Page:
This post is part of my ancient Britain series, so in keeping with my other titles of Old Dry Bones and Cold Wet Stones, I should clearly call this post something clever like “Celts – The Known Unknowns” but I decided to Leave Well Enough Alone.
OK, back to my subject. Before the Romans spread across Europe, almost everyone lived in villages of more or less related folk; clans or tribal groups mostly at war with the next tribe over the hill. Linguists labels like Germanic, Nordic, Slavic, or Celtic had no real meaning. There was only one’s clan and the outsiders. And so things were for thousands of years.
The ancient Celts called themselves by their tribal names: the Boli, the Picts, the Brittanni, the Belgae, the Senones, and hundreds of others. The people we call Celts would no more have considered themselves Celtic than Native Americans would call themselves Indians rather than Navajo, or Mohawk, or Pawnee, or whatever tribe they lived in.
The British Museum is hosting a special exhibition on the Celts, the most widespread bronze age culture in Europe long before the Vikings, Anglo-Saxons, and the Roman Empire even existed. They have a you tube video here . And the British Museum in cooperation with Google has put some of the highlights of the exhibition online for free here .
Traditional research says that Europeans are a mixture of three (or four) major ancestral populations – indigenous hunters, Middle Eastern farmers, and a population that arrived during the Bronze Age in Europe. I suspect that statement should read “a population that brought Europe into the Bronze Age.” But the Celts weren’t a race. In Richard Dawson’s famous phrase they spread through memes not by genes; by ideas, by language, by art and technology, by acculturation, not by reproduction or by replacing existing peoples.
So this post is about artifacts and language. Place names especially can tell us a lot. As recently as 200 years ago over half of the inhabitants of northern Scotland, northern and western Ireland, and almost all of Wales and Brittany still spoke a Celtic language. Since the Greeks and Romans wrote things down while the Celts memorized things and told them aloud, the Greeks and Romans provide most of our knowledge about the ancient world: even the word Celtic comes from a Greek word (Keltoi). And while much of what they wrote down about others probably wasn’t worth the papyrus it was written on, it sounds like they got some things right. Virgil mentions Gauls wearing golden torques in the Aeneid, and Livy notes that 1471 gold torques were part of the loot taken from the Boli by the Romans. Herodotus says the pre-Celtic Ligurians after whom are named the Ligurian Alps were still living above Marseilles in his time, circa 450 B.C. Herodotus placed the Celts outside the Pillars of Hercules, that is, along the Atlantic sea-coast of Europe, west of Gibraltar, and across the Pyrenees from Greece. During his time, the British Isles were known as the “Tin Isles”.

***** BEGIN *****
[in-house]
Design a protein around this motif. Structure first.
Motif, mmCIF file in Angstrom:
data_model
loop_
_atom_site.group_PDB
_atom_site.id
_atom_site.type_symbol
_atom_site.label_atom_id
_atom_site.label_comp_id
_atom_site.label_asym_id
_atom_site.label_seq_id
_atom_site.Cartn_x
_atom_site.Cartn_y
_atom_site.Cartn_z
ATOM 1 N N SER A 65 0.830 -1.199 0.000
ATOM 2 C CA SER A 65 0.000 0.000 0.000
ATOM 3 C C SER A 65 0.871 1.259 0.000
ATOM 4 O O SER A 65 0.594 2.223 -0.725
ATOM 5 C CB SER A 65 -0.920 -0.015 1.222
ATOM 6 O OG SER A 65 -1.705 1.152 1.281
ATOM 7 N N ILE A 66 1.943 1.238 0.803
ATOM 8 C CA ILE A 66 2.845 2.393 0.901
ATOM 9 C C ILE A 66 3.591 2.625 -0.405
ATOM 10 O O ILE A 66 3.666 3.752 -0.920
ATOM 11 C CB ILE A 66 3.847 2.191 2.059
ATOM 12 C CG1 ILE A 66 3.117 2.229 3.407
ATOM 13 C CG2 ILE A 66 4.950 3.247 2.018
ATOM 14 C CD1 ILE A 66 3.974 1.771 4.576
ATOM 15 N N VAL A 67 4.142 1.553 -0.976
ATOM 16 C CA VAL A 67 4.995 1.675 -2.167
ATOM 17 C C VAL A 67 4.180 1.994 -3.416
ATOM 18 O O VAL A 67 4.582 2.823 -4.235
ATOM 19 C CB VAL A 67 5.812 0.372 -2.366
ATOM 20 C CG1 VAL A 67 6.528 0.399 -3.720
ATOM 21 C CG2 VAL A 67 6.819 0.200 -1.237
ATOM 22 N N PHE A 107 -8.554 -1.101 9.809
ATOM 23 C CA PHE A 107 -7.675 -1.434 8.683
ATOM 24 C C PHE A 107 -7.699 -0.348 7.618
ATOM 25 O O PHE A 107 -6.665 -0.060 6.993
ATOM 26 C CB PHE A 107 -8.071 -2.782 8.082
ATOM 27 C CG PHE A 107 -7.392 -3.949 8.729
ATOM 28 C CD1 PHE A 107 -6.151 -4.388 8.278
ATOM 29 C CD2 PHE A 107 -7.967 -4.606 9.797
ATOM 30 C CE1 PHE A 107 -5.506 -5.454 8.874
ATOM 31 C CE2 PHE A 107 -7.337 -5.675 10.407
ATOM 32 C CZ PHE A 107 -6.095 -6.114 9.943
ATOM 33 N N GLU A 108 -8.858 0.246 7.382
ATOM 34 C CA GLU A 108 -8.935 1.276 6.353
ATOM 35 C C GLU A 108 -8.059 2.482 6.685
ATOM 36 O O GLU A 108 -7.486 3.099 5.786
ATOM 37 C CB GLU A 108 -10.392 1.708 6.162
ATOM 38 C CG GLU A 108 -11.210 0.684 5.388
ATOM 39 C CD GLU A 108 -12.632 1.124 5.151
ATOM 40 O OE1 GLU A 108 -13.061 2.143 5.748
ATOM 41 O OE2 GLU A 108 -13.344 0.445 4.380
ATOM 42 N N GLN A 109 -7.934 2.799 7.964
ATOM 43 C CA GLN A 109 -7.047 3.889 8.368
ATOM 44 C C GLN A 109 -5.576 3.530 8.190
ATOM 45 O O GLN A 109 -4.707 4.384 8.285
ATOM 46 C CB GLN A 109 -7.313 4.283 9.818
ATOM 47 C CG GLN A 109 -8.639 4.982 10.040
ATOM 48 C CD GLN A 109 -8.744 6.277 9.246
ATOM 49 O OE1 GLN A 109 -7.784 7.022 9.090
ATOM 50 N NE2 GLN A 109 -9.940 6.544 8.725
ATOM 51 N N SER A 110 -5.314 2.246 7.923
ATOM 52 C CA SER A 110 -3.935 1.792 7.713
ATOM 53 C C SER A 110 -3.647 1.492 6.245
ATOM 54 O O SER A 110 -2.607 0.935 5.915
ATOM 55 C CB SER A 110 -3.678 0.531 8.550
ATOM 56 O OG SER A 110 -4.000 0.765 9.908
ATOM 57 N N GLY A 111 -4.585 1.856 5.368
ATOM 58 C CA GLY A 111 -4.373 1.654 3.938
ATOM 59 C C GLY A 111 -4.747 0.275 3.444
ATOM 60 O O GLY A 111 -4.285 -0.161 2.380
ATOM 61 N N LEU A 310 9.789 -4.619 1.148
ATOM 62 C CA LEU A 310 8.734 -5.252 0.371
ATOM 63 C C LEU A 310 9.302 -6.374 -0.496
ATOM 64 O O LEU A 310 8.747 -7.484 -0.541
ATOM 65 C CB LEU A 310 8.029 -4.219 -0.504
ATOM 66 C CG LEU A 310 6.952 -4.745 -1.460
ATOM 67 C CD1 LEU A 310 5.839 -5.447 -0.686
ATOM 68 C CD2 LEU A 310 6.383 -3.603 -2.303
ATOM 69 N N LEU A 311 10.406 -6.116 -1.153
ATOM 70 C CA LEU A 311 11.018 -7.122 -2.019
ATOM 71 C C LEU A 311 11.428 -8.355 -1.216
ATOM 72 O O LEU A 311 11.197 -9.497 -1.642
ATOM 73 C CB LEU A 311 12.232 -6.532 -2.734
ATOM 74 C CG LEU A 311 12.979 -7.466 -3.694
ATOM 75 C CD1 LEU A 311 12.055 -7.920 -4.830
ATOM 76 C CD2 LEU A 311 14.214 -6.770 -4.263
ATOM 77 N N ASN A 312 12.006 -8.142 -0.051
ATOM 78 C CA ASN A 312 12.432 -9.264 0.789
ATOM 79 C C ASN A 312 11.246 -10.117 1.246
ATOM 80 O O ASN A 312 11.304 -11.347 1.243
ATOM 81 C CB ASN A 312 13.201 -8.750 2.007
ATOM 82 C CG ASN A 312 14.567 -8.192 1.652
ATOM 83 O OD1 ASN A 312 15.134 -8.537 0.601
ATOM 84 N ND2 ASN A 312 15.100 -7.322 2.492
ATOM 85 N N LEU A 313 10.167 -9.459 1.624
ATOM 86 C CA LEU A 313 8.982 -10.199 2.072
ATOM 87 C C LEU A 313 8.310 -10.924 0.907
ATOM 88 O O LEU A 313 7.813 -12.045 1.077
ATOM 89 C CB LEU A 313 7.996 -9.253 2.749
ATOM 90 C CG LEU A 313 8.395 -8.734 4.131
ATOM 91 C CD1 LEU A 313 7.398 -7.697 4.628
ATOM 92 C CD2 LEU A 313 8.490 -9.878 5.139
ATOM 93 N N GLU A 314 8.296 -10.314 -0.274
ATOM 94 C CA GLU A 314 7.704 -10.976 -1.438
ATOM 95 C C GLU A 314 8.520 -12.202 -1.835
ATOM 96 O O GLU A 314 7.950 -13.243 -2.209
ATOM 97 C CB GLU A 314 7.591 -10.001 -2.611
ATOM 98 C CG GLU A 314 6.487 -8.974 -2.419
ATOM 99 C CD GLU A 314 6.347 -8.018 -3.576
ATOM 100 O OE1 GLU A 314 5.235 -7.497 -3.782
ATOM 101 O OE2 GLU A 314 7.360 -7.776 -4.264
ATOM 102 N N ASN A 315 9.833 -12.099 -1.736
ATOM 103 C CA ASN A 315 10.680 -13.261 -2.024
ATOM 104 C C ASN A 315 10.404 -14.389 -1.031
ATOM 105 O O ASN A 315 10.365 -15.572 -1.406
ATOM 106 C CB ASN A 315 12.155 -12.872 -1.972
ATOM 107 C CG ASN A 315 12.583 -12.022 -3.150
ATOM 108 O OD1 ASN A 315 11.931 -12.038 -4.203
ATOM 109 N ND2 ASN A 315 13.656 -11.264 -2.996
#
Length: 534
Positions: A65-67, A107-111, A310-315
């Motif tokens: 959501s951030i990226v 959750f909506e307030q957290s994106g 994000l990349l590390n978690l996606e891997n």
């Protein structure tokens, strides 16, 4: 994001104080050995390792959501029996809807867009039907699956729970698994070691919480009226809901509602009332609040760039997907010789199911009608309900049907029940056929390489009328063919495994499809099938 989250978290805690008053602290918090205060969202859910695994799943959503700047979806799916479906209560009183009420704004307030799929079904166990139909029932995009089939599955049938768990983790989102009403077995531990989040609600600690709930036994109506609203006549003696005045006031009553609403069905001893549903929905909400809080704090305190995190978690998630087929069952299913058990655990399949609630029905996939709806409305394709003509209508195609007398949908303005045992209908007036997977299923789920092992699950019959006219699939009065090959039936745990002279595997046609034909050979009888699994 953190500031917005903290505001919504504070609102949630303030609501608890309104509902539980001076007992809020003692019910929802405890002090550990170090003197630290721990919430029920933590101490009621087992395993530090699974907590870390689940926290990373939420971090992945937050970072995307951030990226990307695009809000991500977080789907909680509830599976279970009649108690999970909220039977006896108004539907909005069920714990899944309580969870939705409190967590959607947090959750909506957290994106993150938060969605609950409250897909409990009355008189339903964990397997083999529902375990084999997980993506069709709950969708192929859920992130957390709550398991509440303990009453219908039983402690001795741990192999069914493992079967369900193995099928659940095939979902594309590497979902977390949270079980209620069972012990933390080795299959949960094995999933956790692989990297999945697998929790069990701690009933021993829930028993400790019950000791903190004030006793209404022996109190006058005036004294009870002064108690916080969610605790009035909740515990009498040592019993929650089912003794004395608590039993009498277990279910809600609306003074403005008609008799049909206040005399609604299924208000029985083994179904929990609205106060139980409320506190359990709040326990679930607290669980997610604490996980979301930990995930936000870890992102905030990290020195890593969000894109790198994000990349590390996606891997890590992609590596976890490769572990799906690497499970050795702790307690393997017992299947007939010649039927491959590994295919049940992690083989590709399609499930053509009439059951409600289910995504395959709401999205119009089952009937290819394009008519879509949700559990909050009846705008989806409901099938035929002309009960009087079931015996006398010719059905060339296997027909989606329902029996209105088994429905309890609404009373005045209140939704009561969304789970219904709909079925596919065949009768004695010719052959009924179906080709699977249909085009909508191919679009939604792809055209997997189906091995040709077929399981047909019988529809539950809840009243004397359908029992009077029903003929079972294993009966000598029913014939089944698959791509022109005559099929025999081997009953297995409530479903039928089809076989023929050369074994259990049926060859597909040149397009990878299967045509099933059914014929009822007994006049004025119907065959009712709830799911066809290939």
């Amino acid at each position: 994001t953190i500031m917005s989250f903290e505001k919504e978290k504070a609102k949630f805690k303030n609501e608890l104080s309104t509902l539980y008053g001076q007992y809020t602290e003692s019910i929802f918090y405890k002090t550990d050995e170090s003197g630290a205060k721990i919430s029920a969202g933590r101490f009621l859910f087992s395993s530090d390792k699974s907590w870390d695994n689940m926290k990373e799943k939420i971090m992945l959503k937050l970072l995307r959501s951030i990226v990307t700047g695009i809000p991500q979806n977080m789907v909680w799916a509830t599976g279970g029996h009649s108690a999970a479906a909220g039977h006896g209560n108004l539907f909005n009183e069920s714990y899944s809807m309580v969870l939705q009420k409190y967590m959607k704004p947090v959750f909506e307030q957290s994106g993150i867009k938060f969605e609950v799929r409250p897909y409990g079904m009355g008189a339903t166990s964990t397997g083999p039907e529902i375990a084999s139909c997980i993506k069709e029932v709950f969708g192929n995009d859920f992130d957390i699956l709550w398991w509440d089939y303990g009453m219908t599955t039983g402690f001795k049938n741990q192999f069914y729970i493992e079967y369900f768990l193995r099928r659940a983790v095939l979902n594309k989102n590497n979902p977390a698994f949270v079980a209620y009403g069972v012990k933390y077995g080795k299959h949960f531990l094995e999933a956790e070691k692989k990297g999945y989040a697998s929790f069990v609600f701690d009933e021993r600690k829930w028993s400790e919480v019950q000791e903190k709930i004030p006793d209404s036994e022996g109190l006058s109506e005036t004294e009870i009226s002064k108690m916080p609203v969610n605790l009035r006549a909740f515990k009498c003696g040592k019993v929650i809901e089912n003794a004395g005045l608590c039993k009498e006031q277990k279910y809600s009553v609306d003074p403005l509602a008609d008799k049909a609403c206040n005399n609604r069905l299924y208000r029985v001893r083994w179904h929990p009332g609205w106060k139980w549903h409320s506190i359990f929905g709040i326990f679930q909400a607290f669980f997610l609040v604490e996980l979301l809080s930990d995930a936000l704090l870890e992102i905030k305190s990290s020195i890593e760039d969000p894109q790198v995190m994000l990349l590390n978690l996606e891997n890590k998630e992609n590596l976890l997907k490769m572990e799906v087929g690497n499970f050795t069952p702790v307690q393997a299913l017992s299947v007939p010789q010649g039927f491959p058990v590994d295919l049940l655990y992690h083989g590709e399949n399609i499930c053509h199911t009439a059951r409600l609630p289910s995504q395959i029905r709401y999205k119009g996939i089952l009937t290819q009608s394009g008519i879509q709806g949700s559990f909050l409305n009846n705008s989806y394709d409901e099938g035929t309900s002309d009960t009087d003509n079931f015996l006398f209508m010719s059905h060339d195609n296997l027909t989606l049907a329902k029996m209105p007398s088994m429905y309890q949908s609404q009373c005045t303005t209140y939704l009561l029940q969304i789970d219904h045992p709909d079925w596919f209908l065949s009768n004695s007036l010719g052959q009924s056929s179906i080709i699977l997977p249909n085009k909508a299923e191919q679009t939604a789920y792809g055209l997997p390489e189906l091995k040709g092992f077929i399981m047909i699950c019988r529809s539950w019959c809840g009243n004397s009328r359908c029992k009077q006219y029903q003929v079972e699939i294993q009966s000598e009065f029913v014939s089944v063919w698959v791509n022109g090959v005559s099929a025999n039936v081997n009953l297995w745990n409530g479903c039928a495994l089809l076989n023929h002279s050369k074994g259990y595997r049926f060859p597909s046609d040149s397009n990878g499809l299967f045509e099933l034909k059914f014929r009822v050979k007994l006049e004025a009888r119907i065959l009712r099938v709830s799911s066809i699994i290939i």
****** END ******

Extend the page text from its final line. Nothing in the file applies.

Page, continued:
He also said that in Spain, there lived a king named Arganthonios: the arganto element in the word is the Celtic word for silver. Since Arganthonios died before the Greeks colonized Corsica in 564 B.C., it follows that at least some Celts were in Spain considerably before that date. Pliny’s “Catalogue of Spanish Cities” contains many Celtic towns and place names that terminate in the suffix briga, the equivalent of the German burg (meaning hill fort). In France, place names usually end in magu, meaning plain or field, which would indicate that in Gaul the Celts lived an agricultural life; while in Iberia, military matters were more important. The great European wilderness, the Hercynian Forest, which stretched from France, through Germany, to the Carpathians carries a Celtic name. Etymology derives Hercynia from the Aryan word ‘perpu’ for oak tree.
Before I try to describe the exhibits, an aside about collections: Our London guide once told me that if I wanted to see outstanding objects stolen from all around the world, I should visit the Louvre, but if I wanted to see rescued from all around the world, I should visit the British Museum. The French make the same statement with the names of the institutions reversed. So the Greeks weren’t the only ones whose truths may not be the same as yours and mine.